The insulating jacket 10 includes a generally cylindrical inflatable wall 12 and a base 16 (not shown in FIG. 1; see FIG. 2) unitarily attached to the wall 12, which combination forms the receiving space S for the container. Both the wall 12 and the base 16 are made up of an interior partition 20 and an exterior partition 22 of essentially identical pattern. One partition is attached at least along its periphery to another to define an interiorly disposed chamber for receiving a fluid inflation medium, such as air or if desired a liquid, to inflate the wall 12. An inflation valve 18 is attached to the wall 12 permitting rigid inflation by mouth of the unitary base 16 and wall 12. The wall and base are further subdivided into a plurality of interconnected air cells 14 defined by a plurality of tacking welds 24. Each weld 24 attaches the interior partition 20 to the exterior partition 22 thus also subdividing the interior chamber defined between the partitions into the plurality of air cells 14 and further defining a sufficient number of passages 26 (FIG. 2) to allow inflation of all the cells 14. The frictional engagement of the jacket 10 to a beverage container is promoted by the resilient nature of such air cells 14 when inflated. Moreover, a limited range of different diameter containers may thus be accommodated by the receiving space S of the jacket 10.
The materials used in the construction of the insulating jacket 10 are chosen from any material which is preferably flexible, resilient, and capable of permitting inflation and withstanding inflation pressures, and may be plastic, vinyl, or rubber-like materials. The material must further provide the ability to be resiliently folded into a planar, thin arrangement, whereby the deflated, collapsed jacket 10 can be carried in an approximately credit-card sized pouch. A credit-card approximates 54 mm in width and 86 mm in length, having a nominal thickness. Although the preferred embodiment is desired to ideally approach these dimensions, the dimensions are to be understood as exemplary of the minimal thickness and size of the jacket and not limiting.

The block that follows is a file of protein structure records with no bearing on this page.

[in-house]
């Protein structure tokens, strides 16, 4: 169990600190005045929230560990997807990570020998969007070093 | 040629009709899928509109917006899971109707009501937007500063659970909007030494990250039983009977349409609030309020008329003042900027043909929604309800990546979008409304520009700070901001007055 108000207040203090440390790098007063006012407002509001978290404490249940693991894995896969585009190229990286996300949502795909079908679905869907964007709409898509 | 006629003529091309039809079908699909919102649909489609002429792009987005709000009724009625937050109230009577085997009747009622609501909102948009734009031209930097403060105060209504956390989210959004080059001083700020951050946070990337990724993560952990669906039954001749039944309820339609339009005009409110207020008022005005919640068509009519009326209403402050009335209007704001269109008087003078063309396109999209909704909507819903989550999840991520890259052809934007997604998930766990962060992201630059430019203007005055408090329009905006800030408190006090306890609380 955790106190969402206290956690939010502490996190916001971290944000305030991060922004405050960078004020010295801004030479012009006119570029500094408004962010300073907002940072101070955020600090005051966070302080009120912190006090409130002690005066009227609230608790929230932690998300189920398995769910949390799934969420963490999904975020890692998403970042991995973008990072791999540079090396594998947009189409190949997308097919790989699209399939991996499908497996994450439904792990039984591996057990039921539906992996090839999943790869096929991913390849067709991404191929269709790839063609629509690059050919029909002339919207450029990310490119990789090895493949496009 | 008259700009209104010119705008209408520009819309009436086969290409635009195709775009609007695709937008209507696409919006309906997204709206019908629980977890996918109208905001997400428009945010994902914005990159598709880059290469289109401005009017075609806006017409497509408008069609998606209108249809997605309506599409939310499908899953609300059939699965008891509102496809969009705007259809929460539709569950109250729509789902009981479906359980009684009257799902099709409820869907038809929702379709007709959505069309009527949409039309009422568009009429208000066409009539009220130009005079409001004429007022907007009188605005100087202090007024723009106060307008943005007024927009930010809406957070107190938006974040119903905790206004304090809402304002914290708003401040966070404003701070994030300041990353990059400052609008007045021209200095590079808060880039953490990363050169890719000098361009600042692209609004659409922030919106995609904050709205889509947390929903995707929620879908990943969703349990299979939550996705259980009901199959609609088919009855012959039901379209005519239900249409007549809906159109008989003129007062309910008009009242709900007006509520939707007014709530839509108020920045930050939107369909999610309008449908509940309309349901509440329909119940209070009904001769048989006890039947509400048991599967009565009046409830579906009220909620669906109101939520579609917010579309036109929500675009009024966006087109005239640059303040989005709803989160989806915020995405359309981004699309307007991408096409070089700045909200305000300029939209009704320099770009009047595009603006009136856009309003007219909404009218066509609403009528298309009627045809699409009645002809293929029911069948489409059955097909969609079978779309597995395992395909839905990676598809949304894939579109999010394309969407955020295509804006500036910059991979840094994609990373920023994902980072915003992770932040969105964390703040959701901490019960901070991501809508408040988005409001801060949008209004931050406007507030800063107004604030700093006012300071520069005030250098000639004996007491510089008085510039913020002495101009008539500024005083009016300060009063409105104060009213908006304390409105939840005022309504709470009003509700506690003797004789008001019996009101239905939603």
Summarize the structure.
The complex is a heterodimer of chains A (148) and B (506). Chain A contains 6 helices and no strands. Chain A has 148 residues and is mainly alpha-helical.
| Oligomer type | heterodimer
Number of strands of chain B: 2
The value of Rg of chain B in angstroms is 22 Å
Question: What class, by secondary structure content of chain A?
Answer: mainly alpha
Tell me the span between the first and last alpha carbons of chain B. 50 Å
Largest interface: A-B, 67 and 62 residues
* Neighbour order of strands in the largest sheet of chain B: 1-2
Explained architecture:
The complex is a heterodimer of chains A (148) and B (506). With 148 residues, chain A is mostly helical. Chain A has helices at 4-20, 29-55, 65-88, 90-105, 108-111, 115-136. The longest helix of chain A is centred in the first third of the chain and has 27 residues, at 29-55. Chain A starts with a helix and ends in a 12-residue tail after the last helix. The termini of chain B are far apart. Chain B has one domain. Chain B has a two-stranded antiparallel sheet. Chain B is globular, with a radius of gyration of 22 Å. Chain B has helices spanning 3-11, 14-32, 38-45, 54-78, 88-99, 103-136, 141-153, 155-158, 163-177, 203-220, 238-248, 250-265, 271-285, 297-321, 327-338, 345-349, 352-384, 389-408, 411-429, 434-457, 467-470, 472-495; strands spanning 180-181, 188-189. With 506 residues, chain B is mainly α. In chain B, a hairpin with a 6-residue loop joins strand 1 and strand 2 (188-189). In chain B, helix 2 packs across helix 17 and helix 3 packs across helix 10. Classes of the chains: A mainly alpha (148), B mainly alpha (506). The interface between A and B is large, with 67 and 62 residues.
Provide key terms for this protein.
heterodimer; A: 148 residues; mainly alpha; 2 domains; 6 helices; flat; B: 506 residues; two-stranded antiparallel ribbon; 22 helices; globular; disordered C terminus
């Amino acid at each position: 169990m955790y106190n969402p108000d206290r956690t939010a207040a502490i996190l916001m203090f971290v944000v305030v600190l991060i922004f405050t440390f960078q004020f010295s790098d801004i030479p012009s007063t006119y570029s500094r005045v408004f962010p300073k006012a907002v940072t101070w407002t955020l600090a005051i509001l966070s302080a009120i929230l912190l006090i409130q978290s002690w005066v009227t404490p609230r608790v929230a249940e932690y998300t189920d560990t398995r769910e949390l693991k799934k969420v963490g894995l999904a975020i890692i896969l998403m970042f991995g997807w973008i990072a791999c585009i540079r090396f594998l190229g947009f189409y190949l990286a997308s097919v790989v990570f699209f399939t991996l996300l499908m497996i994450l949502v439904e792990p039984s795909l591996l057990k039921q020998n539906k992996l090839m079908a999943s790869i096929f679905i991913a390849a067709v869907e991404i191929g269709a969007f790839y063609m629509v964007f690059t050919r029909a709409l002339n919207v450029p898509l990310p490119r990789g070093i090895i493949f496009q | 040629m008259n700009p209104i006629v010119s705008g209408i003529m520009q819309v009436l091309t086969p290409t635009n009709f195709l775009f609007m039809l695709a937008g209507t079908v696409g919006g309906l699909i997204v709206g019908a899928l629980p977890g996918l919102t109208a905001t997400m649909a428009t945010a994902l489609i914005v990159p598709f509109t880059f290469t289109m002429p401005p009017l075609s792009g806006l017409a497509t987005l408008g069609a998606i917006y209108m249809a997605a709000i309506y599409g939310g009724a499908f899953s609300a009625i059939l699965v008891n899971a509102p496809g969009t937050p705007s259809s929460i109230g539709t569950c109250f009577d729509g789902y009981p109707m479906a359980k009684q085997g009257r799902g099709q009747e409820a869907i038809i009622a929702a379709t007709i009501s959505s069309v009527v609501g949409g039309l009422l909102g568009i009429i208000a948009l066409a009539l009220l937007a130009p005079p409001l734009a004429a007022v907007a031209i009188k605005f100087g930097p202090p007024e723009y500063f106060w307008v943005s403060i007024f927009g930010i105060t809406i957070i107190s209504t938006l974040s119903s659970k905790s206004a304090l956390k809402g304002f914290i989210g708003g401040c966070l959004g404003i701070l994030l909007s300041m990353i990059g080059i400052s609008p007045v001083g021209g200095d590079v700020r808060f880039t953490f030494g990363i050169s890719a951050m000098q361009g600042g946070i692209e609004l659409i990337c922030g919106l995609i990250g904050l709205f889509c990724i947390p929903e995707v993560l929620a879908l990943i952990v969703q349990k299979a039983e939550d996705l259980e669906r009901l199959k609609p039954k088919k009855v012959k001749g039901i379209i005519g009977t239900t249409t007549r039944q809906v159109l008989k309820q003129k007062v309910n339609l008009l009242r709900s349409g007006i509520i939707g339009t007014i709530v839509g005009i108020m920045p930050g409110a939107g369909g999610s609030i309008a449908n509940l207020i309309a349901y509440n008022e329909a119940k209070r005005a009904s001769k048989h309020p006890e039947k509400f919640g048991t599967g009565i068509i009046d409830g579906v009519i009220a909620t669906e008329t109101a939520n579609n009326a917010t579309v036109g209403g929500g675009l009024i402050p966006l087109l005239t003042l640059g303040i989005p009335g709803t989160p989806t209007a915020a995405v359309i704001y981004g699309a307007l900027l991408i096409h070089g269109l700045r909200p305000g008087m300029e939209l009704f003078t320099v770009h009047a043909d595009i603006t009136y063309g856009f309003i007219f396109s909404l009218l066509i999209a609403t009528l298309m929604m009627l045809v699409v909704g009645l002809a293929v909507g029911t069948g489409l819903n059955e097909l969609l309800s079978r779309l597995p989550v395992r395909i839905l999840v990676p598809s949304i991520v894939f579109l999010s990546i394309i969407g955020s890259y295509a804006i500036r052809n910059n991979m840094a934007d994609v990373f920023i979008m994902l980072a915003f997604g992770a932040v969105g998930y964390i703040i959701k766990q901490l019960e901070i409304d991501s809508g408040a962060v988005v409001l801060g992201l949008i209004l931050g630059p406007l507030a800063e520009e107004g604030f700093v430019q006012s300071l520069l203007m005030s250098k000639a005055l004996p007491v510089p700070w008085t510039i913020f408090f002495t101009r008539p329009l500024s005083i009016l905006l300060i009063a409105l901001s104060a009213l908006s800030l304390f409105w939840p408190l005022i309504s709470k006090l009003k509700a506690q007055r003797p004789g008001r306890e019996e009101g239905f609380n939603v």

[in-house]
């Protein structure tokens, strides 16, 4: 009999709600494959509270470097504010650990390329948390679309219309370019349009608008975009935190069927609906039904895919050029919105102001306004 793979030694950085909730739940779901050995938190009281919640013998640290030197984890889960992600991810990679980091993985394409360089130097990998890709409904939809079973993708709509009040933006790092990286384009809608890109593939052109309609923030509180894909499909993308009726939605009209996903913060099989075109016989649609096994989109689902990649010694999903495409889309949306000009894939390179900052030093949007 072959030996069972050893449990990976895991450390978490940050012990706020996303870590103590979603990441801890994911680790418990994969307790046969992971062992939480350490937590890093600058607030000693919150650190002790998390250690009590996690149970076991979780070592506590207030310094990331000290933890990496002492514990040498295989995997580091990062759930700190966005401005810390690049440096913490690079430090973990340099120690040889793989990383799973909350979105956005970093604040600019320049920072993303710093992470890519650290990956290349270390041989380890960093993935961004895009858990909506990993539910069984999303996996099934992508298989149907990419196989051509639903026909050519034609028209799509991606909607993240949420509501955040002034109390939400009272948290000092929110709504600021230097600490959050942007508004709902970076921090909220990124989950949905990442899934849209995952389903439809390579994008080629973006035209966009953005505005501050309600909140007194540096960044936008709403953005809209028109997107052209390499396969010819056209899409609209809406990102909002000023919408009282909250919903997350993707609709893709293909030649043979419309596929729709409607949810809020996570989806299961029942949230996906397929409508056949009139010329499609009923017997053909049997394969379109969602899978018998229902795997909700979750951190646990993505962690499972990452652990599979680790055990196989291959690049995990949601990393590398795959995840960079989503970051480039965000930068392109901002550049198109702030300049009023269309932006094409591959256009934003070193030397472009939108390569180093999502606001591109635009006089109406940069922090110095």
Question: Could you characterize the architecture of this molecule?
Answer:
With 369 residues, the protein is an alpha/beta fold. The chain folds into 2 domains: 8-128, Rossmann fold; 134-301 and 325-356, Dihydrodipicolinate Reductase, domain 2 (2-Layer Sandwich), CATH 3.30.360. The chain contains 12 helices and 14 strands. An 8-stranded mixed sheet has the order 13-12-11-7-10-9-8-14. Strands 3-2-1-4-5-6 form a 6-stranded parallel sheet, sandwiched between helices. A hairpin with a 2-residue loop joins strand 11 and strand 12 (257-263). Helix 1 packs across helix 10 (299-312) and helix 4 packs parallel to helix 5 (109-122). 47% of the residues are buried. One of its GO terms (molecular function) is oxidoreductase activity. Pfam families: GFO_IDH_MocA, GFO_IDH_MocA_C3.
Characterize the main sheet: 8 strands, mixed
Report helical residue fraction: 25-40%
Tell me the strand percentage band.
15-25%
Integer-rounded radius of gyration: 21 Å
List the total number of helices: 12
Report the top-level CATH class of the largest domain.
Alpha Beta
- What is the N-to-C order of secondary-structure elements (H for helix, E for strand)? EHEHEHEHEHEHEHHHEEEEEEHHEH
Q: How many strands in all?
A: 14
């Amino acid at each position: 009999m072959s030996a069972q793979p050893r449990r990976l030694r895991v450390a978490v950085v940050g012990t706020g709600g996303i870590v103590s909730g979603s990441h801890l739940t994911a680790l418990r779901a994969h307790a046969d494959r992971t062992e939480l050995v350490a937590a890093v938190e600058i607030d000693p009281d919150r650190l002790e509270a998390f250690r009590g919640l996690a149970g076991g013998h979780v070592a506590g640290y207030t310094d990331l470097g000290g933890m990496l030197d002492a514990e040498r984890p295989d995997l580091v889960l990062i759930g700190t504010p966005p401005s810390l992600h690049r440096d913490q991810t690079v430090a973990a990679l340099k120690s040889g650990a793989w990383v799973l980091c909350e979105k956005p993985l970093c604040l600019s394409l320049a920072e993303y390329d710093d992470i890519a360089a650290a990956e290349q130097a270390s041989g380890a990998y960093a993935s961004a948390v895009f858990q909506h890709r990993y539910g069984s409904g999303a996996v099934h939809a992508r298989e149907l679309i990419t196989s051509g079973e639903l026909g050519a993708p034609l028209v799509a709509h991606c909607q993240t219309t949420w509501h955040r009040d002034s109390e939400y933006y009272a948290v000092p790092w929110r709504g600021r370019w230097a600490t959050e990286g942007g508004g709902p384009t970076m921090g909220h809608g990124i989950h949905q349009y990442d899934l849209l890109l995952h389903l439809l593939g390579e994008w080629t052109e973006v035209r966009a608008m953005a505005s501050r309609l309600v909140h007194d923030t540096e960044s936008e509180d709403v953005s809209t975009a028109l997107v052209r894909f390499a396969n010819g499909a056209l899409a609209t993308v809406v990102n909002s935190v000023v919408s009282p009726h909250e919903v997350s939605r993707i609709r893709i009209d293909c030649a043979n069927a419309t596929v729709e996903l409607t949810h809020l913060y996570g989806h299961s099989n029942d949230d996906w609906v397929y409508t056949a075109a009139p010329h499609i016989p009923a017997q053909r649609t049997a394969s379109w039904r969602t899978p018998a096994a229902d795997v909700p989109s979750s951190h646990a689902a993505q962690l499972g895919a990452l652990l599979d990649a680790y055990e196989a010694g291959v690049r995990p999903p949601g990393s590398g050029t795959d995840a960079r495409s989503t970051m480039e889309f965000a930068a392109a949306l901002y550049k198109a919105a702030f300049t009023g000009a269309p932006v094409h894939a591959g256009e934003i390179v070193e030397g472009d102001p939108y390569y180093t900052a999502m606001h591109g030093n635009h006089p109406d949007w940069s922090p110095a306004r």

One such arrangement is suggested by FIG. 7, wherein the jacket 10 is shown to be partially inserted into a pouch 50. The pouch 50 includes two walls 51, 52 having a closure 54 for sealing of the pouch 50. The closure 54 is chosen for being minimal in dimension in profile; a suitable closure is a resealable compression-type zipperless closure, such as the type of sealing means as commonly used on ZIPLOCŪ plastic bags and known in the prior art. The pouch 50 is dimensioned to closely receive an object the size of a credit-card. A suggested dimension for the pouch is approximately 2.5 inches by 3.75 inches in width and length respectively, having at least three of the four edges of the walls welded to form the pouch, and being having a nominal thickness necessarily resulting from the addition of a closure 54 along its fourth edge.